Day 5, 23 July 2014
We arrived early off Stornoway, on Lewis next morning, but we had to wait for the tender boats to take us ashore. This was the first time we had used the tenders, but the weather was perfect, so we could get away to our respective tours on time.
We took another morning bus tour, firstly to the Callanais Standing Stones, rated as the most important in Britain after Stonhenge. When you stood on this hill-top you could also see other groups of standing stones in the landscape. All very mysterious.
A Tourist Centre was tucked in under the hill and could not be seen, until you walked over the hill and were upon it. Tea-rooms, toilets and gift shop, all a part of the system so these wonders can be visited by the ‘tourist’.
Then there was a short bus ride to the Carloway Broch, a 2,000 year old circular dry-stone, fortified tower.There was evidence of an internal staircase and rooms, but all without an ounce of mortar to hold it together.
Again a small Tourist Centre to tell the story of the broch, as well as offer handmade gifts, made locally, for sale. This enables people to remain farming in the area, rather than a completely deserted landscape. This area is also popular as the backdrop of some television series.
Then there was a longer leisurely bus ride across the island to the Arnol Blackhouse Museum. There the low stone houses were built in the old tradition, with stone-weighted, thatched roofs . A peat fire burned in the centre of the cobbled floor, and there was no chimney. No windows so light was by fire and ‘rush light’ arrangements. The animals occupied a ‘room’ at the end of the house, and there was also a ‘workroom’ where the men and women could undertake other activities such as weaving, when they couldn’t work outside.The very thick, low stone walls made the houses warm, dry and quiet when the Arctic Winter gales howled outside. In some area these houses were occupied even after World War II. That is in living memory, for those family historians who know their ancestors came from Lewis or Harris.
[I believe in this photo there is a vent placed in the roof, so the tourist don’t choke when the peat fire gets smokey. I think those living in these as homes, would have been able to regulate the peat fire, so it wasn’t smokey all the time. The grassed, soil-topped ledge allowed repairs to the roof when necessary.]
Some cruise passengers went on a tour to Harris in the south, where they saw how the famous tweed cloth is made.
As we had taken a morning tour, in the afternoon before lectures, I was able to have a leisurely look at many of the Unlockthepast publications in ‘book form’ in the bookshop, which I planned to buy as e-books when we returned home.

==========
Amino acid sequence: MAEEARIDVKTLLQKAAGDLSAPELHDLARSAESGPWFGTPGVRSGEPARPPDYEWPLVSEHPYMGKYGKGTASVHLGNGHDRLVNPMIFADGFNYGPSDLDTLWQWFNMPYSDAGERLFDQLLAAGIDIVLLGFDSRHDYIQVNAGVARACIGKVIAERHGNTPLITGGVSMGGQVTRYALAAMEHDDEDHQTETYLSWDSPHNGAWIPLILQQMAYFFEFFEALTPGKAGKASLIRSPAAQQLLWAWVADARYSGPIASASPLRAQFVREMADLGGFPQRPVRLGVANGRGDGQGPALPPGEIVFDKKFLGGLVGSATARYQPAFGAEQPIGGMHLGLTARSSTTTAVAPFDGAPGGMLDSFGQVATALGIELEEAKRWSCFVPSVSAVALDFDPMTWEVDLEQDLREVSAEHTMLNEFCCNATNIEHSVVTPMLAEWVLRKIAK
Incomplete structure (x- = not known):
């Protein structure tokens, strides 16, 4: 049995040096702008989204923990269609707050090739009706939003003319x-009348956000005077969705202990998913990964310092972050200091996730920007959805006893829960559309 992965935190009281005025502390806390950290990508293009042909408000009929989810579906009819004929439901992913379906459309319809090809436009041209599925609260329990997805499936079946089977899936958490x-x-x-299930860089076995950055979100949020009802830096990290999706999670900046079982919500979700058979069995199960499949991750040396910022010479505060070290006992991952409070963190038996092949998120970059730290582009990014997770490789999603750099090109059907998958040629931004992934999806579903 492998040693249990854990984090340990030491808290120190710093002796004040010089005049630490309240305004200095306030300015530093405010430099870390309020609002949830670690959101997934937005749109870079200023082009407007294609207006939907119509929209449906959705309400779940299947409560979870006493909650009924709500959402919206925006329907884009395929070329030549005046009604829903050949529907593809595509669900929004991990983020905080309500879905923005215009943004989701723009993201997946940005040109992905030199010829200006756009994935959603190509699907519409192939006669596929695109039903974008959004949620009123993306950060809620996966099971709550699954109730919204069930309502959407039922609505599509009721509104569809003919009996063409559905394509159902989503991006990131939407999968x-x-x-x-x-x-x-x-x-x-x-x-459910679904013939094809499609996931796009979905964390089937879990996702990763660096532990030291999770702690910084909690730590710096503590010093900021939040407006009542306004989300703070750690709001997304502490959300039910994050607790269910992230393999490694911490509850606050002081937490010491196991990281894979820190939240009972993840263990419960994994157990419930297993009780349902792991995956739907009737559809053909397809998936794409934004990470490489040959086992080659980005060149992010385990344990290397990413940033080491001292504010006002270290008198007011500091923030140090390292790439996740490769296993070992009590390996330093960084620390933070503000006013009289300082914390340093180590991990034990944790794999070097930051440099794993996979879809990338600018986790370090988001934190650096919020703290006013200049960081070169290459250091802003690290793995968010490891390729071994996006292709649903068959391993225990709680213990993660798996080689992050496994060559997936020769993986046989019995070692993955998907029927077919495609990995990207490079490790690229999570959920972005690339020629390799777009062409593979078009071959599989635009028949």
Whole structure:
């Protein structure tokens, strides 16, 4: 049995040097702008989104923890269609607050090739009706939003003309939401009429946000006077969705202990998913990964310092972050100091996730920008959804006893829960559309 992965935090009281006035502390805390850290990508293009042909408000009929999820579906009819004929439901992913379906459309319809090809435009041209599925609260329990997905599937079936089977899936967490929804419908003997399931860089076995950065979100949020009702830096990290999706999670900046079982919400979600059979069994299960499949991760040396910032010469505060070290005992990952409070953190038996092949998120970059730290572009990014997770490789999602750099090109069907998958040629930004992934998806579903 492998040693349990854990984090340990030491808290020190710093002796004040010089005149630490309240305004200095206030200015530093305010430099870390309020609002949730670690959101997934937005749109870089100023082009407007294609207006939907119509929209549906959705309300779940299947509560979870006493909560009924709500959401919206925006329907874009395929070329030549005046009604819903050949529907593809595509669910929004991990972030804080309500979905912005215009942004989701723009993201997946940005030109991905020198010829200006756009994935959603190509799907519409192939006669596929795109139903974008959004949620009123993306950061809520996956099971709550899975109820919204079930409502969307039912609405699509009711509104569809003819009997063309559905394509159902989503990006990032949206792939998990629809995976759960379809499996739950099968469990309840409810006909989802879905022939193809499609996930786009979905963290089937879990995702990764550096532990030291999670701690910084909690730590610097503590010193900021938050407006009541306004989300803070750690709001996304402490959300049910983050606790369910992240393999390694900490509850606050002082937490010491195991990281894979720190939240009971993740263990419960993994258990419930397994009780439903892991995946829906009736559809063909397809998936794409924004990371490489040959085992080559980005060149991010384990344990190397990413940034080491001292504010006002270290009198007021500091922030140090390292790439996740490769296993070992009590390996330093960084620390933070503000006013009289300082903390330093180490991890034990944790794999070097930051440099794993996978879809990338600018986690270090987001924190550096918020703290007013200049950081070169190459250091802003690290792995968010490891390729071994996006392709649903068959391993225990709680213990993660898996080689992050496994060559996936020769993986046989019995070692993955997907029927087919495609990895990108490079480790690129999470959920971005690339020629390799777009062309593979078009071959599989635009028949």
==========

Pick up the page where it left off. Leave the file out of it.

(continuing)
Again as there were concurrent lectures in the evening, we had to make the choice between Helen Smith’s presentation on “Document analysis” and Jackie Depelle’s “Ideas,hints and tips for family historians in using digital photography”.
This was the first time that Helen had presented on this tour, although she had been very busy in the Research Help Zone every day. Helen is from Queensland and has extensive knowledge on many fields of family history. She is the author of several blogs and a number of publications and has been a team member on all the Unlockthepast cruises, other conferences and roadshows. I went to her talk, which centred on the analysis of documents, a very vital part of research for success in family history.
Although I wasn’t able to attend Jackie’s talk, I heard great reports of her ideas about digital photography. Just a pity I couldn’t be in two places at once. This was the first time Jackie had presented on the cruise too. Jackie Depelle is from England and works full-time in the family history field, much of it in adult education and is a special events co-ordinator. Her presentations ranged from digital photography to reading original and deciphering old documents.
Then it was a choice between Marie Dougan on ‘Scottish records at the National Archives of Scotland’, and Lesley Silvester on the ‘Lesser known London Records.’ I choose the one on London records as I’m doing extensive research in the London area at the moment, and I was able to make lots of notes to help move my research along. I heard those with Scottish ancestors were very keen to delve further into the National Archives of Scotland, after Marie’s presentation too.
After dinner, we sat on the deck and watched the islands disappear from sight as we sailed toward the Isle of Mull.
Before I went to bed I down loaded onto my computer the hundreds of photos we had taken in the first few days on the cruise. That is the great thing about digital photography. It doesn’t matter how many you take, as you can always cull them when you get home and have time to really look at them all. However, we were aware we needed to save them in more than one place, so if there was a ‘hicup’ we would not loose them completely.